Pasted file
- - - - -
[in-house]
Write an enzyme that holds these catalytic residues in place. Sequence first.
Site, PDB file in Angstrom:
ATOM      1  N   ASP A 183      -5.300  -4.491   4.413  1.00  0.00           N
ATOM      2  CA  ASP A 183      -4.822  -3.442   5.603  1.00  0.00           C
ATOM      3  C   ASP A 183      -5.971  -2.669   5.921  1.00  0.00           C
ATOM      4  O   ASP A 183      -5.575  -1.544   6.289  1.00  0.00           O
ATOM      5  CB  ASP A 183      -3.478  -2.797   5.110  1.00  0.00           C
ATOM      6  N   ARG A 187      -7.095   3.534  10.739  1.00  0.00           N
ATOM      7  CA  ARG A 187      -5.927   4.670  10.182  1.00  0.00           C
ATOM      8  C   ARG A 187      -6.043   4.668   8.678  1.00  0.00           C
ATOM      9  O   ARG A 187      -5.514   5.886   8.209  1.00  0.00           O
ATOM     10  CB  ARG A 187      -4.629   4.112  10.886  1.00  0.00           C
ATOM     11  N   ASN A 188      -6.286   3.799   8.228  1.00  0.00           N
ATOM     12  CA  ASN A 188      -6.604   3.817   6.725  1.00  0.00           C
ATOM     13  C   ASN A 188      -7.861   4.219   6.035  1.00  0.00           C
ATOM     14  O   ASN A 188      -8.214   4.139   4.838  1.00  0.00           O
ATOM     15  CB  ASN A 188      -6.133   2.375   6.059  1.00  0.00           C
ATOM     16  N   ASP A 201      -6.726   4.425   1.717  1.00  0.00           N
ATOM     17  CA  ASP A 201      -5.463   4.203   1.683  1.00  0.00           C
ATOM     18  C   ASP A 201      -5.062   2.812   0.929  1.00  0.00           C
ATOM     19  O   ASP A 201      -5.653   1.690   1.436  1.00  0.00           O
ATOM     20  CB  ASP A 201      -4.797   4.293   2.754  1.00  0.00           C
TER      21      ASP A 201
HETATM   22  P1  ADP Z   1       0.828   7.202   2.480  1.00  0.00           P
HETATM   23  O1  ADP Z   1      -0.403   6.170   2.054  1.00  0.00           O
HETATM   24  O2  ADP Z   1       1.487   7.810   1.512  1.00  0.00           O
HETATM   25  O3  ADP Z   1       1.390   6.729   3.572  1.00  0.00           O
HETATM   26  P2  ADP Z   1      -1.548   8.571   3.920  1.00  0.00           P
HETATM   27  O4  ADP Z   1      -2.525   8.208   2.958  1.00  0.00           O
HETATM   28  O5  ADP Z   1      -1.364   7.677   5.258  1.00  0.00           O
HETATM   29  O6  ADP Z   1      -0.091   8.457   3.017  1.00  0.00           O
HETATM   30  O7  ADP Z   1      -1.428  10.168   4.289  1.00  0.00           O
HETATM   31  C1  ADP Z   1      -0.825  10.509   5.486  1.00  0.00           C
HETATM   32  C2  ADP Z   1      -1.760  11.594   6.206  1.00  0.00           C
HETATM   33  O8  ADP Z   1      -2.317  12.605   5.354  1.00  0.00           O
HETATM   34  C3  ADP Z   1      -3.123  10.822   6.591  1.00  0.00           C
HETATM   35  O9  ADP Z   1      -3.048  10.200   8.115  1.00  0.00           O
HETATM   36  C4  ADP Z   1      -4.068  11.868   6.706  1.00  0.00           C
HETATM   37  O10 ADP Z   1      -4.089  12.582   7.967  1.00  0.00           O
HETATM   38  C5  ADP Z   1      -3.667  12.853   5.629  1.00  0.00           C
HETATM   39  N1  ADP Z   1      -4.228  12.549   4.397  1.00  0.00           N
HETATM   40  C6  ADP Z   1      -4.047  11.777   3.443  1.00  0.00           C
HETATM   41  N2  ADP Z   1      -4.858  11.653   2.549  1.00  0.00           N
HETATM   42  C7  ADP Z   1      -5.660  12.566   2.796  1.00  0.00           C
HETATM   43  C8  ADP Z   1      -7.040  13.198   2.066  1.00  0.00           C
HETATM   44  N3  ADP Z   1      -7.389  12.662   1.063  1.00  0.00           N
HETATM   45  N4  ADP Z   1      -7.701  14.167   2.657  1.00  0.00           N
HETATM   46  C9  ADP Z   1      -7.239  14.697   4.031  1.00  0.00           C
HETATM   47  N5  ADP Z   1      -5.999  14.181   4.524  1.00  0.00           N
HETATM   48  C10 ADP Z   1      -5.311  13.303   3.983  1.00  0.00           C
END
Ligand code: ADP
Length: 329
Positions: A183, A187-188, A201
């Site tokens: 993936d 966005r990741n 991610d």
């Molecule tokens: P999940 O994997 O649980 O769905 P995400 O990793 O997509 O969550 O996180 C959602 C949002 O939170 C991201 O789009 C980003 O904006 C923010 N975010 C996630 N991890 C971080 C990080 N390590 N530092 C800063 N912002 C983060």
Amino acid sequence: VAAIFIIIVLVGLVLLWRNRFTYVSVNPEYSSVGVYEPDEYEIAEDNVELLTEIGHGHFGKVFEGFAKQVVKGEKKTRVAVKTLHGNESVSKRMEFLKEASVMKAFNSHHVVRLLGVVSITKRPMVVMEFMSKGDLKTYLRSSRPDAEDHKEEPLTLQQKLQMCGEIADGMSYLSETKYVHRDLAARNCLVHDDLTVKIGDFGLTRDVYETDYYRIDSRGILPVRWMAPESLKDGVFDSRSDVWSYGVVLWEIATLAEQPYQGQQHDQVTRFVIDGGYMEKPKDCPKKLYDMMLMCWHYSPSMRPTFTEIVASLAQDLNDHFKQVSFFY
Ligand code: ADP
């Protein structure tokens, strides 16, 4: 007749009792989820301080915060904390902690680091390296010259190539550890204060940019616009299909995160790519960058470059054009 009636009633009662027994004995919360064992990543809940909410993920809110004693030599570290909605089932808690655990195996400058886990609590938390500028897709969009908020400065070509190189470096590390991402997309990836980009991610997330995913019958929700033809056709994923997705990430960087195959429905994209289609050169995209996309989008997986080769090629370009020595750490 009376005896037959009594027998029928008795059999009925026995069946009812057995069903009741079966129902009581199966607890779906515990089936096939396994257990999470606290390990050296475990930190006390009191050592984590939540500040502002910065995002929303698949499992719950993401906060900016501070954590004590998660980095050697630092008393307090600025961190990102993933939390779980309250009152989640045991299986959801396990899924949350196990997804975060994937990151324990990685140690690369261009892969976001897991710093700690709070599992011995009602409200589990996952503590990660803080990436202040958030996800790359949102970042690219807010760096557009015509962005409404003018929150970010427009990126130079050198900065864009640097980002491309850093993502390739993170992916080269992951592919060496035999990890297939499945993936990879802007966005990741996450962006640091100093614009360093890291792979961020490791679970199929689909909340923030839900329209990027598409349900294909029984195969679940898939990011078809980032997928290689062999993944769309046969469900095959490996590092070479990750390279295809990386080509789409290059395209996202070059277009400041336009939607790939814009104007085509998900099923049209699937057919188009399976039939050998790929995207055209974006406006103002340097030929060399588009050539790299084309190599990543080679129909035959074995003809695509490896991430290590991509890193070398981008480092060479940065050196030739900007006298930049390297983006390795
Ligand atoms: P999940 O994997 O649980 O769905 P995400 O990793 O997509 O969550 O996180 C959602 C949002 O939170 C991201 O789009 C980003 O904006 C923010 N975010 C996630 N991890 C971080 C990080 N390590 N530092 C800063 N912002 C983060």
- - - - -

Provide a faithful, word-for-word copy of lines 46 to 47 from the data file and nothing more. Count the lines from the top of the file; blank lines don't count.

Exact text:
HETATM   43  C8  ADP Z   1      -7.040  13.198   2.066  1.00  0.00           C
HETATM   44  N3  ADP Z   1      -7.389  12.662   1.063  1.00  0.00           N